The Eugenia Williams House

What’s the latest on the future of this iconic Knoxville residence? 
Knox Heritage supports the sale of the Eugenia Williams House by the University of Tennessee to someone who will care for and restore the historic structure. Our organization feels strongly that the house should not be sold without a preservation easement protecting it from demolition and encouraging proper restoration.

Recent News

Sale parameters will be considered at the August 22 State Building Commission Executive Subcommittee in Nashville (Agenda).

Sale, Possible Demolition of Long-Empty Eugenia Williams Mansion Approved – WBIR 7.24.19

Order Granting the Petition of the University of Tennessee 7.24.19

Next step: UT spokeswoman Tiffany Carpenter said, “The university will now go before the State Building Commission to request approval of the sale and will work with the State of Tennessee Real Estate Asset Management group to determine the best way to sell the property.” – Compass

UT Board of Trustees Approve Sale of Eugenia Williams House – WBIR 6.25.19


Go Beyond the Front Door

Brian Pittman, with help from KH board member Jeff Wilke and volunteer Scott Brun, has created a series of videos that take you inside the legendary Eugenia Williams House.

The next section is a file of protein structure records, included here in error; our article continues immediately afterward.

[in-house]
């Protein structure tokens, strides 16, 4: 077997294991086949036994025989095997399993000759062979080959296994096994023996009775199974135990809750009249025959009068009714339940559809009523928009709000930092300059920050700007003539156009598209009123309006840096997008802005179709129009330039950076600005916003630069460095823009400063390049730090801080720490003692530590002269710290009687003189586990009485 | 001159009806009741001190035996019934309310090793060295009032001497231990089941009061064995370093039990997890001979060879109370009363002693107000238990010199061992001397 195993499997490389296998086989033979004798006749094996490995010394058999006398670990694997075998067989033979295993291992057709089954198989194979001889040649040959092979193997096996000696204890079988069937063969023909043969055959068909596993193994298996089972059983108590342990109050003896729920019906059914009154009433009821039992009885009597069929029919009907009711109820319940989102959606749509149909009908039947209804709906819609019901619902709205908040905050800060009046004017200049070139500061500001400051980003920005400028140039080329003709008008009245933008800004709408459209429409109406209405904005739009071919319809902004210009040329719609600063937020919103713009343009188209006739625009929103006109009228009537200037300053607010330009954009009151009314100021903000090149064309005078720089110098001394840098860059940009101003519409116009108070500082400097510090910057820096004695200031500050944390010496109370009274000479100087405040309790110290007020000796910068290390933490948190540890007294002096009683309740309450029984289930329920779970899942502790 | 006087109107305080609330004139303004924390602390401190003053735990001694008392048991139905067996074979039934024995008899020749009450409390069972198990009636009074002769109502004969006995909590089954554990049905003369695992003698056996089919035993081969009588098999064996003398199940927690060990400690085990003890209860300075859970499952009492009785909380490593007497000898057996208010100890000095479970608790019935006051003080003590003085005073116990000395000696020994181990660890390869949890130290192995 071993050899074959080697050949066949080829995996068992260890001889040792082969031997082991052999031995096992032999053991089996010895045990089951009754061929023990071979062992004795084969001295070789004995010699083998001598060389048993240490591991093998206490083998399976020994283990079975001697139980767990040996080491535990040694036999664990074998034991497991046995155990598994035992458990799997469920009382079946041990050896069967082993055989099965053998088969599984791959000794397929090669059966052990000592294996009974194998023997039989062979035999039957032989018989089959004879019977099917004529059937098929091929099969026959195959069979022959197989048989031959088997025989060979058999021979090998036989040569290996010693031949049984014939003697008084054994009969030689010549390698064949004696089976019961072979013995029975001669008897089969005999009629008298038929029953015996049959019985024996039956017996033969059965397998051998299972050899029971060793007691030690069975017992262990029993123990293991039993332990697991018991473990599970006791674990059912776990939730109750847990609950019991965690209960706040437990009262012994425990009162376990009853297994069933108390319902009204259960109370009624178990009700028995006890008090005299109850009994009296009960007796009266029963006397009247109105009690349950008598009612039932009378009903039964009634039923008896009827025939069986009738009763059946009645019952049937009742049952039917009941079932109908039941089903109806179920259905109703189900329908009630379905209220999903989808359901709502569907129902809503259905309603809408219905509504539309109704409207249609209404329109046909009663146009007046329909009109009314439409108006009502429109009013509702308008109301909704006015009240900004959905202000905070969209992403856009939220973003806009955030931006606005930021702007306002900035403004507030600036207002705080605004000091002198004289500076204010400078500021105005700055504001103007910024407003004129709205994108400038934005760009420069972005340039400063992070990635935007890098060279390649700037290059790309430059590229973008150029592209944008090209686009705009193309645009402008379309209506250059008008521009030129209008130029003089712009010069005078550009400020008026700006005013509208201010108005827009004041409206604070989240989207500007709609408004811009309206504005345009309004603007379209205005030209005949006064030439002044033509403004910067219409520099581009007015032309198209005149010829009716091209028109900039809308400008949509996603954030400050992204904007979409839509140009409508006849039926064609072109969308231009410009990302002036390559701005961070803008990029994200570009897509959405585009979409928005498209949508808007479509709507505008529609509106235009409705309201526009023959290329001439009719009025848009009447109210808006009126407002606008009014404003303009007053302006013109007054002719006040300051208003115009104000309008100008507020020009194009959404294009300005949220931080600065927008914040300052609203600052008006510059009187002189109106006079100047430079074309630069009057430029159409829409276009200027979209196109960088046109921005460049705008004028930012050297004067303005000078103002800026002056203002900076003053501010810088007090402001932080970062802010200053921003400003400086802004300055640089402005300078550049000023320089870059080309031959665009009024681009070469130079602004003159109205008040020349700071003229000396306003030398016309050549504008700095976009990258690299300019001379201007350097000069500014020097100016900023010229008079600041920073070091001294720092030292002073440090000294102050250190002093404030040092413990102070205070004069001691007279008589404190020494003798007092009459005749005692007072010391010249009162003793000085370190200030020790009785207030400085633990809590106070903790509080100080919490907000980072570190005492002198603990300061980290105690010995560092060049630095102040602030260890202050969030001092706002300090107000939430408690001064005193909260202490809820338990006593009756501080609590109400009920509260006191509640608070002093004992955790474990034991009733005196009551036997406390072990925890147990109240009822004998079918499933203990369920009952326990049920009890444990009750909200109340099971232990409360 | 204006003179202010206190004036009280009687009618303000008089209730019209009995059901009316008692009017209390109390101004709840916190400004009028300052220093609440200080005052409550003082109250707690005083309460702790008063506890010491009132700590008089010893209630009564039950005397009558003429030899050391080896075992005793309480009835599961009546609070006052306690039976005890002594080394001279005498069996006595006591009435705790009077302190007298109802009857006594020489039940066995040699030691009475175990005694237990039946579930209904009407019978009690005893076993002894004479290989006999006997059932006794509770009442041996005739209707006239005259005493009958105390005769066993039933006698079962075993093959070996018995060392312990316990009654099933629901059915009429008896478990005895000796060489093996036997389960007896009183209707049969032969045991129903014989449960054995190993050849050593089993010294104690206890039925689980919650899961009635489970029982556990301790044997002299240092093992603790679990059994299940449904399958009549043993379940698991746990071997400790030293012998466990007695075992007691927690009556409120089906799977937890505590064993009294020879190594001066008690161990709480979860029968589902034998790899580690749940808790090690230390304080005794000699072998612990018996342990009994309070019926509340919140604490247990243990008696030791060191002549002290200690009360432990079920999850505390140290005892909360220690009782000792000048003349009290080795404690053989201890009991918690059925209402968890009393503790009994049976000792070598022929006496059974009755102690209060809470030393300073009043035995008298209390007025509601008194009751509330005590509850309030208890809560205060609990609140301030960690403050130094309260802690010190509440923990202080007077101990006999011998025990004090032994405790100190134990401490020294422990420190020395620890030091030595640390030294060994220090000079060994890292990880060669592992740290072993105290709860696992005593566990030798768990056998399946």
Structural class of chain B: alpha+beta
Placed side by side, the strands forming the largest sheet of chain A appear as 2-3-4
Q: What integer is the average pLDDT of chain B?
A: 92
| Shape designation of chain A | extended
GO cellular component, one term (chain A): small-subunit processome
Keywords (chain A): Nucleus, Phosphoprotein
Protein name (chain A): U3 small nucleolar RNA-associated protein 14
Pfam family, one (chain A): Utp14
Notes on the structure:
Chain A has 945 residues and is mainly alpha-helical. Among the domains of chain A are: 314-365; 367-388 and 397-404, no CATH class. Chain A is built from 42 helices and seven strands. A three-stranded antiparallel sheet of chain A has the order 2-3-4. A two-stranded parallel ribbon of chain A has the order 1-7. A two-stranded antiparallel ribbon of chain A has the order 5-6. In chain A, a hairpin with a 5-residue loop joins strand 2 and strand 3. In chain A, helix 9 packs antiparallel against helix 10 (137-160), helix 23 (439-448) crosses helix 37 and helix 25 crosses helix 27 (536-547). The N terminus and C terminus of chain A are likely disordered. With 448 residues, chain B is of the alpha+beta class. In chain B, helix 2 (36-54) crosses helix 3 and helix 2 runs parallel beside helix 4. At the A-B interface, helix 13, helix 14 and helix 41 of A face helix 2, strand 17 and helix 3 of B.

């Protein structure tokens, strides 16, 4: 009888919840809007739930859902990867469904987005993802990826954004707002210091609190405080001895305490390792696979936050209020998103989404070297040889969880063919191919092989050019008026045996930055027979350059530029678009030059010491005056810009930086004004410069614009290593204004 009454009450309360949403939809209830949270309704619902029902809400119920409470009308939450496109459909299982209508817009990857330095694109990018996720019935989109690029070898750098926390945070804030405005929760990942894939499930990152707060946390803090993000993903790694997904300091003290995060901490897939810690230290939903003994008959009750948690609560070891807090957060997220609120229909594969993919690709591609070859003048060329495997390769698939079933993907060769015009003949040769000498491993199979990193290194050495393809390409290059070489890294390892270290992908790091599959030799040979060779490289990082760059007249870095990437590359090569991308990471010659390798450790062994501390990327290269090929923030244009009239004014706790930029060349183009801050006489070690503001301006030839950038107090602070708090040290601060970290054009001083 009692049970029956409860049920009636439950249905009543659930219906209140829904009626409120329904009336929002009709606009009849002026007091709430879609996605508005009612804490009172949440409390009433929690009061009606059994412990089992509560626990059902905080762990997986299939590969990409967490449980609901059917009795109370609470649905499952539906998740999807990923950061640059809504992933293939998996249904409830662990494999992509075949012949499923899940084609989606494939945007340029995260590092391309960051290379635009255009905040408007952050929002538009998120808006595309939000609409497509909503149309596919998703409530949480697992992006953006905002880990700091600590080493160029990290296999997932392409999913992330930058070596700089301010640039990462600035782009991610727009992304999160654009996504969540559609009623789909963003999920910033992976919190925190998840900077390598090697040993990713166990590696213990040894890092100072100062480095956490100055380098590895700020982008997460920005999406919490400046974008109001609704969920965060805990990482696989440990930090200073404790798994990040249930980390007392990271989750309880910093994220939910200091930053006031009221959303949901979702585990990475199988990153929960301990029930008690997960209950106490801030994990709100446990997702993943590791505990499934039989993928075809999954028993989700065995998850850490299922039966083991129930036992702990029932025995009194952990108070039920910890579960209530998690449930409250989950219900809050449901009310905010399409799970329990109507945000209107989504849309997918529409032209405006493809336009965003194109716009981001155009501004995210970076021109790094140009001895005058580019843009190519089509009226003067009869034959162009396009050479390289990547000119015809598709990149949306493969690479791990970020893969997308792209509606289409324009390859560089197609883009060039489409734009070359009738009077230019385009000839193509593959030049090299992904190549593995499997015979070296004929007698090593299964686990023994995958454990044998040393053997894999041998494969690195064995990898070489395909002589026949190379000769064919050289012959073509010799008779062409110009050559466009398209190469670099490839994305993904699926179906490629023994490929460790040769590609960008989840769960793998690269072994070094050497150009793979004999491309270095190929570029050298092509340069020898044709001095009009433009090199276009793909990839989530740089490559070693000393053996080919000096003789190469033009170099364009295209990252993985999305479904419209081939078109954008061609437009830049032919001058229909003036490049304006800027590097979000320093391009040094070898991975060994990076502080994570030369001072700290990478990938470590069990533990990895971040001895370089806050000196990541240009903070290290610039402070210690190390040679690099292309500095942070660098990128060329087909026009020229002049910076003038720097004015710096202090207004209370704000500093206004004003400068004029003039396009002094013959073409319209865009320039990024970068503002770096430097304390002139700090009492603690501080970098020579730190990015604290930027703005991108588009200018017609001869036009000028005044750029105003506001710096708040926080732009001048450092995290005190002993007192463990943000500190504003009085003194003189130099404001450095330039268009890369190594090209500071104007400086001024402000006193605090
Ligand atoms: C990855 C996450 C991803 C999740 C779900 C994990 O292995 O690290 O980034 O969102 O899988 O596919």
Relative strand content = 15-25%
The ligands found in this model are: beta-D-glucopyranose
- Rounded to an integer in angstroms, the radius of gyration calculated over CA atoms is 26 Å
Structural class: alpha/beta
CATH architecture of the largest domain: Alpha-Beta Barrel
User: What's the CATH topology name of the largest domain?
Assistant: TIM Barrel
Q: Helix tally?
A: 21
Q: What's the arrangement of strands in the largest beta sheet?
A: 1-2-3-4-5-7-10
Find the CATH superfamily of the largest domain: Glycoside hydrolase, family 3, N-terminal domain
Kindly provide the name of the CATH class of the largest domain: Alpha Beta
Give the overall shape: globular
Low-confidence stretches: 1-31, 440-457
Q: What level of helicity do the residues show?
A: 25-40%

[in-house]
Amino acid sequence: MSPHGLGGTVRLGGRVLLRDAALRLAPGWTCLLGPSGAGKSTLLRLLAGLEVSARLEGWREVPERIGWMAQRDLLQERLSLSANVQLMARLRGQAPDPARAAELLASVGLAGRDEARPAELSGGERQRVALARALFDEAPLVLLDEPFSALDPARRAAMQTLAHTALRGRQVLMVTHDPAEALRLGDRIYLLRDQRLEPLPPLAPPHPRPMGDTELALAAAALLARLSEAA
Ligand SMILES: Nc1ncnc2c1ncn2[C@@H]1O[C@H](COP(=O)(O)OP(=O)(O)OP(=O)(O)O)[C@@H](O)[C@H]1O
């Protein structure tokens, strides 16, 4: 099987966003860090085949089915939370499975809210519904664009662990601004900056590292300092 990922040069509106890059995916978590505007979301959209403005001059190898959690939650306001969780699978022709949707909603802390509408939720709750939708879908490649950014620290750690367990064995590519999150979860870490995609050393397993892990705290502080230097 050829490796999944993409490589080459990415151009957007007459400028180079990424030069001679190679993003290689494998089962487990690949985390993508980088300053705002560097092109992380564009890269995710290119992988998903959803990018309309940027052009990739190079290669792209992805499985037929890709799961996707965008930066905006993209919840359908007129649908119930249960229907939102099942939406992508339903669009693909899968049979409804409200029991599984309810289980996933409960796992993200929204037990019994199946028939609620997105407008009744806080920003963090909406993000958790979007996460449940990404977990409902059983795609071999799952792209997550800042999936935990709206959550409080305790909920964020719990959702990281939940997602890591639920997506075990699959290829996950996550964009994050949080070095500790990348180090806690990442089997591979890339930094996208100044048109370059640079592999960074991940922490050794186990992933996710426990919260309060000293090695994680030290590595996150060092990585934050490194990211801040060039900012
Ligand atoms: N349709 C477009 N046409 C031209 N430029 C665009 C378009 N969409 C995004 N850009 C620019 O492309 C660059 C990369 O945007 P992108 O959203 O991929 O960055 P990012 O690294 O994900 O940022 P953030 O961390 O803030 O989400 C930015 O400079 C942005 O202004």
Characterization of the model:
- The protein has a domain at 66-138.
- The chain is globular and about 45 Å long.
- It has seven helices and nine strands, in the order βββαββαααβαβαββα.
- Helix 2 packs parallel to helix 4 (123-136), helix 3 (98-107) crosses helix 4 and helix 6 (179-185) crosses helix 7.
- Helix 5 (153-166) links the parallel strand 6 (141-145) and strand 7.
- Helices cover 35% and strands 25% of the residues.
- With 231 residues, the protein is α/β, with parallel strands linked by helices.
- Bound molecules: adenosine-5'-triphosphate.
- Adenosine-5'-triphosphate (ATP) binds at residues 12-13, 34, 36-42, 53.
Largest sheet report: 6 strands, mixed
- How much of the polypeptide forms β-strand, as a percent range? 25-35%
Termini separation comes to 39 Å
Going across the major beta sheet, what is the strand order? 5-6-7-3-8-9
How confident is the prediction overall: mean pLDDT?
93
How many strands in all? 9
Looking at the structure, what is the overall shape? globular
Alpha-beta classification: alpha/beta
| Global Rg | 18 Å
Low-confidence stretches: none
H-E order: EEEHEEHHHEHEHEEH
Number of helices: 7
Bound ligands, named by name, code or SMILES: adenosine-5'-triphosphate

Visit our website to see all six videos via YouTube
Revisit Daniel Johnson’s extensive photo gallery from our 2015 Behind the Scenes Tour for our members.

Why This Place Matters

Eugenia Williams was born in January 1900 to a prominent physician and one of the original investors who introduced Coca-Cola to East Tennessee. In 1940, Eugenia commissioned her childhood friend, John Fanz Staub, to design her a new residence. Staub, a native Knoxvillian, is best known for designing homes for many wealthy and influential Texans, with over half of his design work located in Houston alone. Architect Howard Barnstone, the publisher of The Architecture of John F. Staub and The Country Houses of John F. Staub stated that Staub “…talked about designing homes that would be an expression of the people who lived in them. You have to look at his houses not only as a record of his design work but also his interpretation of the character and personality of his clients.” Miss. Williams’ Regency-style home sits on 24 acres bordering the Tennessee River and still has most of its original design features intact. In 1998, the house was willed to the University of Tennessee as a memorial to Eugenia’s father. The property is located within the Lyons View Historic District.

All it takes is one visit to the property to understand that this is a beautiful and irreplaceable piece of Knoxville’s history and architectural legacy.